30. 31. Body Landmarks <ul><li>Anterior </li></ul>
  31. 32. Body Landmarks <ul><li>Posterior </li></ul>
  32. 33. Abdominopelvic Regions
  33. 34. Body Planes
  34. 35. Body Cavities
  35. 36. Abdominopelvic Quadrants Figure 1.8a
  36. 37. Abdominopelvic Major Organs Figure 1.8c
  37. 38. <ul><li>Clinical anatomy </li></ul><ul><li>Deals with the important clinical aspects of body regions and systems </li></ul><ul><li>Most relevant for your USMLE and clinical practice as a physician. </li></ul>
  38. 39. <ul><li>Anatomical Position </li></ul><ul><li>When describing body parts it is always assumed that the patient is in anatomical position </li></ul><ul><ul><li>Standing erect, head, eyes, toes directed forward, heels and toes together, upper limbs hanging by the sides palms facing to the front. </li></ul></ul>
  39. 41. <ul><li>Planes of the body </li></ul><ul><li>Transverse (horizontal , axial ) </li></ul><ul><li>S agital </li></ul><ul><li>C oronal </li></ul>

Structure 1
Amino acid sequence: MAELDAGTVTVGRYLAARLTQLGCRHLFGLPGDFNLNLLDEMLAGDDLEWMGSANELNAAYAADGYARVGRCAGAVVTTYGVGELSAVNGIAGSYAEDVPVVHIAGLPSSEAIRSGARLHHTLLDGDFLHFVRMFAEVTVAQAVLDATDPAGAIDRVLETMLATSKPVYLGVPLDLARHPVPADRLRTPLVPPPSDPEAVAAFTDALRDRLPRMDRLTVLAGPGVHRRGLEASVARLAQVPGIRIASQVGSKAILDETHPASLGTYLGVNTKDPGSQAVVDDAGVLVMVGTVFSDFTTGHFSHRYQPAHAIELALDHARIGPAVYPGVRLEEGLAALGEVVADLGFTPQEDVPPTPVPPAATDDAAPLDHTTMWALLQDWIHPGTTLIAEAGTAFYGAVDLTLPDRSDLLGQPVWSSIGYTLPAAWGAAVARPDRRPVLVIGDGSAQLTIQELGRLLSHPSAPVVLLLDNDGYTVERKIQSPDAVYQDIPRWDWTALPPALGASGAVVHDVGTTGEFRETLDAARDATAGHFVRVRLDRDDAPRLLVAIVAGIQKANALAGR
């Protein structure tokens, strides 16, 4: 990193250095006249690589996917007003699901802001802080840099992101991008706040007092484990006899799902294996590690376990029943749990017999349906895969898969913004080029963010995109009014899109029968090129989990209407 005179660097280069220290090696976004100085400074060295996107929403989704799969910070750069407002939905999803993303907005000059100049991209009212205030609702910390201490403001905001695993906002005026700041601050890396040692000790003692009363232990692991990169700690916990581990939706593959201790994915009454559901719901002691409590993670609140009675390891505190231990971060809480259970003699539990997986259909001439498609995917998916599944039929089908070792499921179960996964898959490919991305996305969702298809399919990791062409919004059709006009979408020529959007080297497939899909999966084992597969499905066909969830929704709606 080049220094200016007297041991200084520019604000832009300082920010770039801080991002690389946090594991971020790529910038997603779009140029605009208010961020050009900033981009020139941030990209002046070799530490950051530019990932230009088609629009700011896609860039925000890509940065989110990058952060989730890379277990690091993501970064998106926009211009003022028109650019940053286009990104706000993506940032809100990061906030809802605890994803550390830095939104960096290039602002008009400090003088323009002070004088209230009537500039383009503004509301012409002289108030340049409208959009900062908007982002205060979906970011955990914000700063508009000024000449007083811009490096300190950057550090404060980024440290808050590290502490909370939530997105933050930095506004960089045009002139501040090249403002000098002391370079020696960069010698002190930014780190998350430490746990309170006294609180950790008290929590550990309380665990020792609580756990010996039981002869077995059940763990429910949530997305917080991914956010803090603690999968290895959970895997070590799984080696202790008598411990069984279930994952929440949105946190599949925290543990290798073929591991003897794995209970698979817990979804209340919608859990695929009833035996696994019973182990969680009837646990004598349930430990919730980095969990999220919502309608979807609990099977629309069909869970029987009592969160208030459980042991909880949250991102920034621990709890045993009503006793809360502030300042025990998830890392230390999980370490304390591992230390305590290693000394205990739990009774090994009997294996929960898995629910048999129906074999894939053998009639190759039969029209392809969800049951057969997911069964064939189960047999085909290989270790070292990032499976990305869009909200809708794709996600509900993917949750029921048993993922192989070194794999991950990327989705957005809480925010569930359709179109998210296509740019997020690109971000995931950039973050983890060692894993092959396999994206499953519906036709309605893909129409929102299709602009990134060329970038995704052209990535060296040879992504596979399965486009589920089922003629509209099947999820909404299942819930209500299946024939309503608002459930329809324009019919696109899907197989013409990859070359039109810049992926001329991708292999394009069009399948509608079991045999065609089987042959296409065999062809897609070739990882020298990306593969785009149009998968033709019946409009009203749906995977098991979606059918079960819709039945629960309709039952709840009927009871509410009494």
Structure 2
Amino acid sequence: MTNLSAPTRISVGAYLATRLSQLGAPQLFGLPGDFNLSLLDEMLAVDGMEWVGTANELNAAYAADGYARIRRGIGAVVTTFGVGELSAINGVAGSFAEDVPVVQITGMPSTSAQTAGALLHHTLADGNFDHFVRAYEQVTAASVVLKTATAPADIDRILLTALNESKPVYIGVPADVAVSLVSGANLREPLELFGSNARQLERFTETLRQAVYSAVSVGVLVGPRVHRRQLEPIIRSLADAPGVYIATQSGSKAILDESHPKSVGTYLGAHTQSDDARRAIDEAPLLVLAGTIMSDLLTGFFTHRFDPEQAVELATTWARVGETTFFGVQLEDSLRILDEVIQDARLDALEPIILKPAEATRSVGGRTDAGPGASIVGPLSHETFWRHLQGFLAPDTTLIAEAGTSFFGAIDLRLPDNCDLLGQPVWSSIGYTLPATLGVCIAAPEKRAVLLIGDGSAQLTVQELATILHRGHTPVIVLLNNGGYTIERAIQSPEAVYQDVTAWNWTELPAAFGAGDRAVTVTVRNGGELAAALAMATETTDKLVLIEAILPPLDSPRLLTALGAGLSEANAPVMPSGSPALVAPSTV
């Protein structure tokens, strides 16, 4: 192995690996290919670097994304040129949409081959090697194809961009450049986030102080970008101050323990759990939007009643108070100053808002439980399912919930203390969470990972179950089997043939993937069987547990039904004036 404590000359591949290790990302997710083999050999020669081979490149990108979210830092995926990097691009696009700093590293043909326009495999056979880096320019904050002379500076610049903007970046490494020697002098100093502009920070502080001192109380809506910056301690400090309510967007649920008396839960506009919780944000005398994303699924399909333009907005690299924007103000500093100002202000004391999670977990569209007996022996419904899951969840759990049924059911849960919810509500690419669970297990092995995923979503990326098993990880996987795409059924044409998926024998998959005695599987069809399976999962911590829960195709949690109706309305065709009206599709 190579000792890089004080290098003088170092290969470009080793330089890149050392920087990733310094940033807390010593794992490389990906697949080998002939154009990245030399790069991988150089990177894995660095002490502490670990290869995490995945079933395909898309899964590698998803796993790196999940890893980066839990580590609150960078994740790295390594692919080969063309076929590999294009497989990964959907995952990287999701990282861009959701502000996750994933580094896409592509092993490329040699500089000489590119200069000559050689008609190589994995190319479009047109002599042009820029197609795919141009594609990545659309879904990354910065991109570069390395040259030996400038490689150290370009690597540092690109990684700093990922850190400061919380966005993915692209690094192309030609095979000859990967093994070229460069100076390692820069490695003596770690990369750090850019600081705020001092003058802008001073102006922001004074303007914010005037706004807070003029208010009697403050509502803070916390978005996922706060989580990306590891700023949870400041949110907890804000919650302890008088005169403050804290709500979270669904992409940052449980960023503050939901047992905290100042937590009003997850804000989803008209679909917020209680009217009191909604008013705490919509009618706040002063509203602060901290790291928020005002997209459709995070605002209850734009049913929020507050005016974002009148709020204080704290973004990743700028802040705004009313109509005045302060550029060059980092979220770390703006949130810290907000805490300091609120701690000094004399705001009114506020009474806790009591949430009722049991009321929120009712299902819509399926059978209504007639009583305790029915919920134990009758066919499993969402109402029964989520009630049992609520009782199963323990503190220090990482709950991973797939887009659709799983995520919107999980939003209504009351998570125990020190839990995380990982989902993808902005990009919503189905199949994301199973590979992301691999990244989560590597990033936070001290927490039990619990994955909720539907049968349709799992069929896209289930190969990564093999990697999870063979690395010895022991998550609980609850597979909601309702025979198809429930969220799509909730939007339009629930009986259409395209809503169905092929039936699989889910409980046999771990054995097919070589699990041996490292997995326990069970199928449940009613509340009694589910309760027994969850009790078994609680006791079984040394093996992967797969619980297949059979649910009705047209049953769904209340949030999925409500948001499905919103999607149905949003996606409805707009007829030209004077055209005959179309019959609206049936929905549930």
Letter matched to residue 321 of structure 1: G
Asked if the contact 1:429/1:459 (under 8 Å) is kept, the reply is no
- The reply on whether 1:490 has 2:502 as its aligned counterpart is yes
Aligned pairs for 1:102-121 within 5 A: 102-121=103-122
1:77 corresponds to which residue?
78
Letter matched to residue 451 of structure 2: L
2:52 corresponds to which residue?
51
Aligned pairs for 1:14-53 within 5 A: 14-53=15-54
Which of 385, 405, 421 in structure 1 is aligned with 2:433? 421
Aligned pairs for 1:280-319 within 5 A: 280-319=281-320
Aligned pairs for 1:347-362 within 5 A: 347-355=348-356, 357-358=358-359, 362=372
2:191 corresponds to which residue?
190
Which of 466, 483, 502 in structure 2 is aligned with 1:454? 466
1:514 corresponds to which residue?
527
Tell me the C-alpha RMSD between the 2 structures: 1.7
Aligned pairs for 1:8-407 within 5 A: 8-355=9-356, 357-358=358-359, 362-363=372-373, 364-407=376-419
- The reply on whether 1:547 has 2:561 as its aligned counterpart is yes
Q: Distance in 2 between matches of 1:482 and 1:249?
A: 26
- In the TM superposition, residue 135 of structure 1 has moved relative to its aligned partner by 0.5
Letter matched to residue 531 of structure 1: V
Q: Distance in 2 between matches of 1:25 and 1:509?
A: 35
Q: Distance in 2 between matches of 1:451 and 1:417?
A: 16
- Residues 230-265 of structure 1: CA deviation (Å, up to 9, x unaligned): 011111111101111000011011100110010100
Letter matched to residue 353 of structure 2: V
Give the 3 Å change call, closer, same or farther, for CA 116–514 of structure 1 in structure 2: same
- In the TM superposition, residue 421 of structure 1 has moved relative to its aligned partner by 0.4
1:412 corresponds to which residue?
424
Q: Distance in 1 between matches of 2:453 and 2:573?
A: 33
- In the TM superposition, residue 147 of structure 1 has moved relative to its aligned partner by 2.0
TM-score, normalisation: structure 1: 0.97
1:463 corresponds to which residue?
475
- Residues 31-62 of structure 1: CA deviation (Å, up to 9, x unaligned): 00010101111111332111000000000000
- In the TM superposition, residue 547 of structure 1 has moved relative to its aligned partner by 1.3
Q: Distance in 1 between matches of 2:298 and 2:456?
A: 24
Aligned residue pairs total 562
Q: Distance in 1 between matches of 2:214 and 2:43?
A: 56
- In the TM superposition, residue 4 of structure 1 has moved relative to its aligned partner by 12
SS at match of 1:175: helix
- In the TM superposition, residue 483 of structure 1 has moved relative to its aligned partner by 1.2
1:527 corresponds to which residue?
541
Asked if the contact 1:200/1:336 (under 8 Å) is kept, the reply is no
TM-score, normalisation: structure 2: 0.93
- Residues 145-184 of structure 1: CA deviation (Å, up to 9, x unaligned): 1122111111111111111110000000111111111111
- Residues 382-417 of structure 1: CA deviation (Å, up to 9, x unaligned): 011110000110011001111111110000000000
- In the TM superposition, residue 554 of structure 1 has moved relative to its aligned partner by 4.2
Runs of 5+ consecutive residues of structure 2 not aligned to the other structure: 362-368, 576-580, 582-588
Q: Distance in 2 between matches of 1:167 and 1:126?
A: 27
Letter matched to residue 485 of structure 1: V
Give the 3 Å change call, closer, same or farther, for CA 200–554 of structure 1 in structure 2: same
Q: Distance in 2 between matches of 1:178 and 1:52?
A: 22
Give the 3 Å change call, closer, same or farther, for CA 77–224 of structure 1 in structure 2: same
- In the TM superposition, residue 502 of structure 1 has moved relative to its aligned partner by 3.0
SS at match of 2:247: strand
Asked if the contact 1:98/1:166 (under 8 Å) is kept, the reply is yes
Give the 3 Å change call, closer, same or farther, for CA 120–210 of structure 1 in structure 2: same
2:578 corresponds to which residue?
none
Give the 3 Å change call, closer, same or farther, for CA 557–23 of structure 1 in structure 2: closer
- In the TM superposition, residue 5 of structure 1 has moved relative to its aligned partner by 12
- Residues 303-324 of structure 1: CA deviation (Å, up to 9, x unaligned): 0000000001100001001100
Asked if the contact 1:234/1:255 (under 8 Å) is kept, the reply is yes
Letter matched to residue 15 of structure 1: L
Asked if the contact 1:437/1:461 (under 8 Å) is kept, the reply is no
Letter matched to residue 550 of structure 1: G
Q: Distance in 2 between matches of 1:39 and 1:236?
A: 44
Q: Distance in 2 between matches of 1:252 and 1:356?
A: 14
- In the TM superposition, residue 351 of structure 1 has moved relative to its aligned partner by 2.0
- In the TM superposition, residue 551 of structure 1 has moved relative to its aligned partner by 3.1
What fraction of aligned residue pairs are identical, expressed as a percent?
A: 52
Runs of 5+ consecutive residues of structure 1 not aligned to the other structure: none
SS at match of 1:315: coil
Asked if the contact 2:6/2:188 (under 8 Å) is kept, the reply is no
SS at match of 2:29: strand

40. 42. <ul><li>TERMINOLOGY </li></ul>
  41. 43. <ul><li>Terms of relationship and direction </li></ul><ul><li>Anterior (front, ventral), </li></ul><ul><li>posterior (behind, dorsal), </li></ul><ul><li>superior (above, cranial, cephalic, rostral) </li></ul><ul><li>inferior (below, caudal), </li></ul><ul><li>medial, </li></ul><ul><li>lateral, </li></ul><ul><li>intermediate </li></ul>
  42. 44. <ul><li>Terms of comparison </li></ul><ul><li>Proximal (close to the trunk or point of origin), Distal (away from the trunk or point of origin), superficial (surface), deep (profundus or profound), </li></ul><ul><li>interior (inside, inner, internal), exterior (outside, outer, external) </li></ul><ul><li>Ipsilateral (same side), contralateral (opposite side), Ambilateral (both sides of body). </li></ul><ul><li>Combined terms: inferomedial, anterosuperior etc. </li></ul>
  43. 45. <ul><li>Terms of movement </li></ul><ul><li>Flexion, extension, </li></ul><ul><li>abduction, adduction, </li></ul><ul><li>circumduction, rotation </li></ul><ul><li>Inversion (big toe up), eversion (big toe down) (feet) </li></ul><ul><li>Pronation, supination (hands) </li></ul><ul><li>Protraction (fwd), retraction (pull in), elevation, depression </li></ul>
  44. 47. <ul><li>Anatomical variations </li></ul>

×